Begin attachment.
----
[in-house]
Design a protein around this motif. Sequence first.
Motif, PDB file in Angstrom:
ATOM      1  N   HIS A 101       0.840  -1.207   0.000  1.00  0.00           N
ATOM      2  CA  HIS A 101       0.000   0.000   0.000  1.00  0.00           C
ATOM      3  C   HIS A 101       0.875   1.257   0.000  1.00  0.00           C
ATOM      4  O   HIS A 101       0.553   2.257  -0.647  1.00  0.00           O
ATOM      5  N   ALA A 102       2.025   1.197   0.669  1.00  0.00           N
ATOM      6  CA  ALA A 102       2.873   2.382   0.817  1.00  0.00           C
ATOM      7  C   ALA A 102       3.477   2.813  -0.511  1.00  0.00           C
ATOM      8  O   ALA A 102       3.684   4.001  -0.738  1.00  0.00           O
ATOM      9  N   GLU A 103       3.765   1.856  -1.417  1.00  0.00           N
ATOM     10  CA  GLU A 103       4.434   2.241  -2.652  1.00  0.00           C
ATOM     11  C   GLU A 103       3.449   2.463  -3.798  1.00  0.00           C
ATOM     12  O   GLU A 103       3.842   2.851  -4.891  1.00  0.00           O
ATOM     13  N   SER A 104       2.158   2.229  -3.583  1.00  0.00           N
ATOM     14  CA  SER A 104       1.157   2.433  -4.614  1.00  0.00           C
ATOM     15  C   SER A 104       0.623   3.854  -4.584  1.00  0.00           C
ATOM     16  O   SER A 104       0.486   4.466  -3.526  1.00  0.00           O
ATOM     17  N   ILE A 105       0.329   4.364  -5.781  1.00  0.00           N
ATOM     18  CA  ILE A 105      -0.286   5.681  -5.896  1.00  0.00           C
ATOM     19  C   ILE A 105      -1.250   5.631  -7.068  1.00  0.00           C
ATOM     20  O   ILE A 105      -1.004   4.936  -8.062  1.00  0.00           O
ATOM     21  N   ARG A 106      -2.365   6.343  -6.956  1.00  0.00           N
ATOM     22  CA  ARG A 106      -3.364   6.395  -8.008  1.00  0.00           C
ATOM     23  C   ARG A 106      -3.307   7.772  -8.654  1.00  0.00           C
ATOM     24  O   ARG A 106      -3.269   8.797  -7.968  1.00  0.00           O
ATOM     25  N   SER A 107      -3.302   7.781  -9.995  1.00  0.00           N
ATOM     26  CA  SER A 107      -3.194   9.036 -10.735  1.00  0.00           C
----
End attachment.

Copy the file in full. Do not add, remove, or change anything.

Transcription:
[in-house]
Design a protein around this motif. Sequence first.
Motif, PDB file in Angstrom:
ATOM      1  N   HIS A 101       0.840  -1.207   0.000  1.00  0.00           N
ATOM      2  CA  HIS A 101       0.000   0.000   0.000  1.00  0.00           C
ATOM      3  C   HIS A 101       0.875   1.257   0.000  1.00  0.00           C
ATOM      4  O   HIS A 101       0.553   2.257  -0.647  1.00  0.00           O
ATOM      5  N   ALA A 102       2.025   1.197   0.669  1.00  0.00           N
ATOM      6  CA  ALA A 102       2.873   2.382   0.817  1.00  0.00           C
ATOM      7  C   ALA A 102       3.477   2.813  -0.511  1.00  0.00           C
ATOM      8  O   ALA A 102       3.684   4.001  -0.738  1.00  0.00           O
ATOM      9  N   GLU A 103       3.765   1.856  -1.417  1.00  0.00           N
ATOM     10  CA  GLU A 103       4.434   2.241  -2.652  1.00  0.00           C
ATOM     11  C   GLU A 103       3.449   2.463  -3.798  1.00  0.00           C
ATOM     12  O   GLU A 103       3.842   2.851  -4.891  1.00  0.00           O
ATOM     13  N   SER A 104       2.158   2.229  -3.583  1.00  0.00           N
ATOM     14  CA  SER A 104       1.157   2.433  -4.614  1.00  0.00           C
ATOM     15  C   SER A 104       0.623   3.854  -4.584  1.00  0.00           C
ATOM     16  O   SER A 104       0.486   4.466  -3.526  1.00  0.00           O
ATOM     17  N   ILE A 105       0.329   4.364  -5.781  1.00  0.00           N
ATOM     18  CA  ILE A 105      -0.286   5.681  -5.896  1.00  0.00           C
ATOM     19  C   ILE A 105      -1.250   5.631  -7.068  1.00  0.00           C
ATOM     20  O   ILE A 105      -1.004   4.936  -8.062  1.00  0.00           O
ATOM     21  N   ARG A 106      -2.365   6.343  -6.956  1.00  0.00           N
ATOM     22  CA  ARG A 106      -3.364   6.395  -8.008  1.00  0.00           C
ATOM     23  C   ARG A 106      -3.307   7.772  -8.654  1.00  0.00           C
ATOM     24  O   ARG A 106      -3.269   8.797  -7.968  1.00  0.00           O
ATOM     25  N   SER A 107      -3.302   7.781  -9.995  1.00  0.00           N
ATOM     26  CA  SER A 107      -3.194   9.036 -10.735  1.00  0.00           C